Wiradjuri woman Denni Francisco, a jury member in the VPDA fashion category, has a keen design eye that’s making a global impact.
By Georgina Jerums
A born entrepreneur, Denni has worked for 25 years in loads of design roles, including as a Fashion Director in Los Angeles for a large international buying office.
But it wasn’t until the1990s that she struck out on her own, creating the hugely popular children’s wear label Billiecart Clothing.
Using a direct-to-consumer national sales team of 950 women, the venture gave many stay-at-home mothers the chance to earn an income whilst giving them flexibility. As a single mother at the time, this was at the very heart of Denni’s business model.
In 2018, a new career direction beckoned: Denni launched “slow fashion” label Ngali to connect more with community and Country.
“Some of Australia’s most talented Indigenous artists live in places you’ve never heard of and maybe you’ll never see,” she says. “We help bring their unique artwork to the world by including it in our range of premium-quality clothing and collectibles.”
Through the medium of fashion, the label gives more people access to Aboriginal and Torres Strait Islander culture by taking art beyond the walls and onto the streets around the world.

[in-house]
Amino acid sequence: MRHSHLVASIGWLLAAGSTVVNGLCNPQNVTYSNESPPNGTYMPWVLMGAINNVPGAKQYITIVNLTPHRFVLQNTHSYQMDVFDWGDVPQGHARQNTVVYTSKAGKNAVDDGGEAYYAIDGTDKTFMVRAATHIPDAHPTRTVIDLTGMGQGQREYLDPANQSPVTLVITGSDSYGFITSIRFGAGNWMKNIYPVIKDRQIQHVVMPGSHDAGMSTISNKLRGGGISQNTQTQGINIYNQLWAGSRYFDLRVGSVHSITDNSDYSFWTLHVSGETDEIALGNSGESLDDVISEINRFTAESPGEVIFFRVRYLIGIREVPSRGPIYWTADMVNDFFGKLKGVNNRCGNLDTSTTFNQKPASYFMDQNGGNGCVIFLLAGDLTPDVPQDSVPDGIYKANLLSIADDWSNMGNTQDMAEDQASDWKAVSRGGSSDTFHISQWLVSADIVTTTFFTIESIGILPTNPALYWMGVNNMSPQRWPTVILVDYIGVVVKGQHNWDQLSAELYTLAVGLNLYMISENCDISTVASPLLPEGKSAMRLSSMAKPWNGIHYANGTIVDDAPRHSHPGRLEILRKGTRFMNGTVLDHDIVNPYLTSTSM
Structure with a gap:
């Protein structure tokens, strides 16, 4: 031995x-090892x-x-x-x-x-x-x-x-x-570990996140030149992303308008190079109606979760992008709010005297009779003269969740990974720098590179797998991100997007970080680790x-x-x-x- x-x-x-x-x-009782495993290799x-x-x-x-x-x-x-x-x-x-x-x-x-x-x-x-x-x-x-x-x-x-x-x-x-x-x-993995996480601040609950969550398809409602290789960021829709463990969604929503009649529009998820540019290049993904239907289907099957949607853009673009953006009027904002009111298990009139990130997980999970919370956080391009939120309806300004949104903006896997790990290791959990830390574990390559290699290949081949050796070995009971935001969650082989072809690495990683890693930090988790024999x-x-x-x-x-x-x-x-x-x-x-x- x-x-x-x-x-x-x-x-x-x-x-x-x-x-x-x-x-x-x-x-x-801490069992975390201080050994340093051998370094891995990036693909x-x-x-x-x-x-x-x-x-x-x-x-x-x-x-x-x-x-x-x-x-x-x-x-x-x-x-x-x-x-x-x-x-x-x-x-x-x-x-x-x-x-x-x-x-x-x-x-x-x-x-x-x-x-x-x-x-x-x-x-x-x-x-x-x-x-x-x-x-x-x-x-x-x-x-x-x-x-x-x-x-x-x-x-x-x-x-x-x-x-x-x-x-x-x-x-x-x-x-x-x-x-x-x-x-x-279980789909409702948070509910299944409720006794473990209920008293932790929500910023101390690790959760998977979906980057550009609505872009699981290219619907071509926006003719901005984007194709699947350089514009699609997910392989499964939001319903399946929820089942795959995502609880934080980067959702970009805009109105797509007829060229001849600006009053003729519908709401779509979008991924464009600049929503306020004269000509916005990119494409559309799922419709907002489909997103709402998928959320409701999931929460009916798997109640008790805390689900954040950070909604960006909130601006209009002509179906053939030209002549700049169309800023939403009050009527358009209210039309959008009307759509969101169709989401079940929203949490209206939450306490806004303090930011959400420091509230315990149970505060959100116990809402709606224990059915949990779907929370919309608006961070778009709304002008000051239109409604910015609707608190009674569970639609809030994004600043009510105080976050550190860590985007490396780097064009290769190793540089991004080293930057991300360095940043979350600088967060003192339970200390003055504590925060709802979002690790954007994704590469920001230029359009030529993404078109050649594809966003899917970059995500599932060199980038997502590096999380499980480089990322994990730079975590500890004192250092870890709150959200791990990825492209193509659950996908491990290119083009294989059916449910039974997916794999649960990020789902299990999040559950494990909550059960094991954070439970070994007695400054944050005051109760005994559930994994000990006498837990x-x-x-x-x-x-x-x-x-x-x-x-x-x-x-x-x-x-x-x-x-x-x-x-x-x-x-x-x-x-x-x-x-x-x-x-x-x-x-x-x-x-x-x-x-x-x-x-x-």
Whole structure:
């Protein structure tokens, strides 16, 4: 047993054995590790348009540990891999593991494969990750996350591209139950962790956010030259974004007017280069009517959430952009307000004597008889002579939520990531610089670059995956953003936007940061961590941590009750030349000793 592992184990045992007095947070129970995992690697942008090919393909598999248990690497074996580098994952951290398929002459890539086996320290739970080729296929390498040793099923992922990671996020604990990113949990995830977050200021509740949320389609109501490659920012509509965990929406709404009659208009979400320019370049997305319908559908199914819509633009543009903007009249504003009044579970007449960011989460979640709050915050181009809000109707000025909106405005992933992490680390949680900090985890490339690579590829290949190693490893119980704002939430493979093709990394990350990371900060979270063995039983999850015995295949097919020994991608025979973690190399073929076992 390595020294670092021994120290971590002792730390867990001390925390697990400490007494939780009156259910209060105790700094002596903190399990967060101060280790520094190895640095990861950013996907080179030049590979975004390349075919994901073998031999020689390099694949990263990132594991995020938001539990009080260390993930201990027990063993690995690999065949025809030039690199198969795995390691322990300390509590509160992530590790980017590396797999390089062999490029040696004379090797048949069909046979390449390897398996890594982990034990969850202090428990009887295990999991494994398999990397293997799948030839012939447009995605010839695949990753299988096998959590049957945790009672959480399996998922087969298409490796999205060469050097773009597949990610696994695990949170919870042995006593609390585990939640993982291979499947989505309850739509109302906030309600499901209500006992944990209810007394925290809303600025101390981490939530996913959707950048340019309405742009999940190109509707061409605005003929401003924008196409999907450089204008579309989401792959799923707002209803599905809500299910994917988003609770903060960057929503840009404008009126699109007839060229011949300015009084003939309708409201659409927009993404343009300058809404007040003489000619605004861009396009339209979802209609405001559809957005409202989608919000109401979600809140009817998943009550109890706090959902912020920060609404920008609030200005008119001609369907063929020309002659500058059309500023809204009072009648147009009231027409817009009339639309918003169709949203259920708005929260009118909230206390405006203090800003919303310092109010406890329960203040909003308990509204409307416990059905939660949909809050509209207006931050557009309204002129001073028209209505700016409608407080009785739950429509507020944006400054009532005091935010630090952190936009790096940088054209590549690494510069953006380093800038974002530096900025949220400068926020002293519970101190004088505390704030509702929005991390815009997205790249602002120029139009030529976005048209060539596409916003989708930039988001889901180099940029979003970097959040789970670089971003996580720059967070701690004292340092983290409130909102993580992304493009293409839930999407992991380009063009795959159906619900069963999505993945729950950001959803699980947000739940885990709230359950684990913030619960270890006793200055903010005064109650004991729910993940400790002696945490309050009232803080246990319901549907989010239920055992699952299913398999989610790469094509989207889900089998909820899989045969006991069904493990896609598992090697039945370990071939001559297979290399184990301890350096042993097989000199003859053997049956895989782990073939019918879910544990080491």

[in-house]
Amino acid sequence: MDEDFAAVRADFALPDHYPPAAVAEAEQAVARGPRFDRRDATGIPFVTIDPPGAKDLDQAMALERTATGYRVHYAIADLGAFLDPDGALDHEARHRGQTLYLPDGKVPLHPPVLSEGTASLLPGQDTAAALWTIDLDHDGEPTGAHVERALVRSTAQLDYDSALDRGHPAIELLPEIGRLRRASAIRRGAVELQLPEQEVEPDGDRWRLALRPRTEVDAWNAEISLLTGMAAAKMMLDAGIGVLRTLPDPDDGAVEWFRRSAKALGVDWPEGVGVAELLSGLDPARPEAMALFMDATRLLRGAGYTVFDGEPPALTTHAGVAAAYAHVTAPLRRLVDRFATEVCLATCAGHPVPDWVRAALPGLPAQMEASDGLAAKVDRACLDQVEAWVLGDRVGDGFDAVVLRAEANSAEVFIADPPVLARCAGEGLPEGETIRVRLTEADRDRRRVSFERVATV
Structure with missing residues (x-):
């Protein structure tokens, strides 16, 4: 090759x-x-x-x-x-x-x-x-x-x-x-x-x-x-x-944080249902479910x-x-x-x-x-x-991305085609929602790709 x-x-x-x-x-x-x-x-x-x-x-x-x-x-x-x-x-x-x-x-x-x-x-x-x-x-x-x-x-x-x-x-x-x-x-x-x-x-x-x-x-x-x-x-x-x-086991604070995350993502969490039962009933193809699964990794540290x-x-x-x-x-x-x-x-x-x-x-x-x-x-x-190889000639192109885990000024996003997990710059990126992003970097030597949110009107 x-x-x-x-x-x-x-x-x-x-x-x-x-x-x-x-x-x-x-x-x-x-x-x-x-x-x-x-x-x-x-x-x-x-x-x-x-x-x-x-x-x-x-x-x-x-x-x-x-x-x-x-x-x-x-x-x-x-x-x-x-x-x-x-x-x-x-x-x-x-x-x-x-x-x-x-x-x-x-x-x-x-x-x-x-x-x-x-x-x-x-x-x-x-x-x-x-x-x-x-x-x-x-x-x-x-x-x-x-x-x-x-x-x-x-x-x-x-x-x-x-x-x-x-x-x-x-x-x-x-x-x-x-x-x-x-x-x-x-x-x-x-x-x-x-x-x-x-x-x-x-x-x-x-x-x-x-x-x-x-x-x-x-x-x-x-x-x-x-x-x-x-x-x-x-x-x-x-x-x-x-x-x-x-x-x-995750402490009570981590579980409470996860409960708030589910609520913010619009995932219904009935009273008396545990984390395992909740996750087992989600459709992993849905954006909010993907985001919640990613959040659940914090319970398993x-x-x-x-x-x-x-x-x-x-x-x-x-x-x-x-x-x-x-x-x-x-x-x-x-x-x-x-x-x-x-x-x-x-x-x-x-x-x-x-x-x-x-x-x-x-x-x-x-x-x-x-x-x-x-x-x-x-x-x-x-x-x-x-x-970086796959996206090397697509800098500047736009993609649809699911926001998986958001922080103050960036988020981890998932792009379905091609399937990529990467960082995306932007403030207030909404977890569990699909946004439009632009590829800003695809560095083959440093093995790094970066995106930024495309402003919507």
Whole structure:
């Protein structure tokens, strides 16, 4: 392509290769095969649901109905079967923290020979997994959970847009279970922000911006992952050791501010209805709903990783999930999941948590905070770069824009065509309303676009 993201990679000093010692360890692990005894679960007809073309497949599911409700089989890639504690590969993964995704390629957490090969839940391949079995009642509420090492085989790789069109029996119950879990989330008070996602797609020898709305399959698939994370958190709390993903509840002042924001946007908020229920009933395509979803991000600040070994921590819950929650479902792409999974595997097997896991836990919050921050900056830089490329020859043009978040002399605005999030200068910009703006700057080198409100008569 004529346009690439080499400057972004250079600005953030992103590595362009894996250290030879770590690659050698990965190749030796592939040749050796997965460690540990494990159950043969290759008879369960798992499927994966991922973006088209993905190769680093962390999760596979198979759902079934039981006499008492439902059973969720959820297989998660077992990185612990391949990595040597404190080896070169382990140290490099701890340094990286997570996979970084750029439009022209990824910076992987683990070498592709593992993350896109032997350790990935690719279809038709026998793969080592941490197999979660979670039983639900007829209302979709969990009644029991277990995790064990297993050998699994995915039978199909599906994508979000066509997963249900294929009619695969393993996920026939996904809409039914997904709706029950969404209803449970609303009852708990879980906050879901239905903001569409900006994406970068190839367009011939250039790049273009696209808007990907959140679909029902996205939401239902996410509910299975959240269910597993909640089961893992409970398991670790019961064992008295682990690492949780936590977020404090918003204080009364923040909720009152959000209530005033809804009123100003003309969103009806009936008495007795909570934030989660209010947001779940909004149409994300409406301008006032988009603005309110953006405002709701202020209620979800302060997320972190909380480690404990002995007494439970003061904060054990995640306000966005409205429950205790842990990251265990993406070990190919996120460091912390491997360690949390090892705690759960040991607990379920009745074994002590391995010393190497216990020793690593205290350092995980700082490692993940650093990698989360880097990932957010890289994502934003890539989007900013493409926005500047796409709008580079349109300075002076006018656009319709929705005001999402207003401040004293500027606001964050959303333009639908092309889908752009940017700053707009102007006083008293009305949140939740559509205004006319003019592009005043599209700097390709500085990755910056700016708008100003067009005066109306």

The brand also financially supports Indigenous children living in remote areas of Australia to enhance literacy and IT skills “so that they’re not left behind and can make a meaningful contribution to their communities. Ngali translates to ‘we’ or ‘us’ in a number of Aboriginal languages; and through the brand, we’re creating the ‘us’ we would like to see.”
“At Ngali, we want more people to know who we are, who we’ve always been... that there’s more to us than what you see through the lens of 200 years of colonisation. And fashion is a good way to do this; it means we can expand the reach of our stories. It means too that remote artists can access opportunities they may not otherwise have.”
Denni can’t wait to see the VPDA entries. “I’ve always loved observing and celebrating the creativity of others. Being invited to witness and celebrate the manifestation of creativity in the fashion space as presented by other creatives is a gift.
“Opportunities such as the VPDA awards enhance both creativity and business outcomes. They help build resourcefulness, persistence, flexibility, a sense of playfulness and they help support the creative potential of the individual. All of these attributes bode well in a business context whilst honouring the creative merit of the award nominees.”
Entries are judged by a panel of national and international design experts representing the diverse range of design disciplines showcased by the awards.Meet the 2021 Awards Jury
The Awards are free to enter for eligible Victorian designers and architects with submissions across eight design categories.Learn more about the guidelines and process
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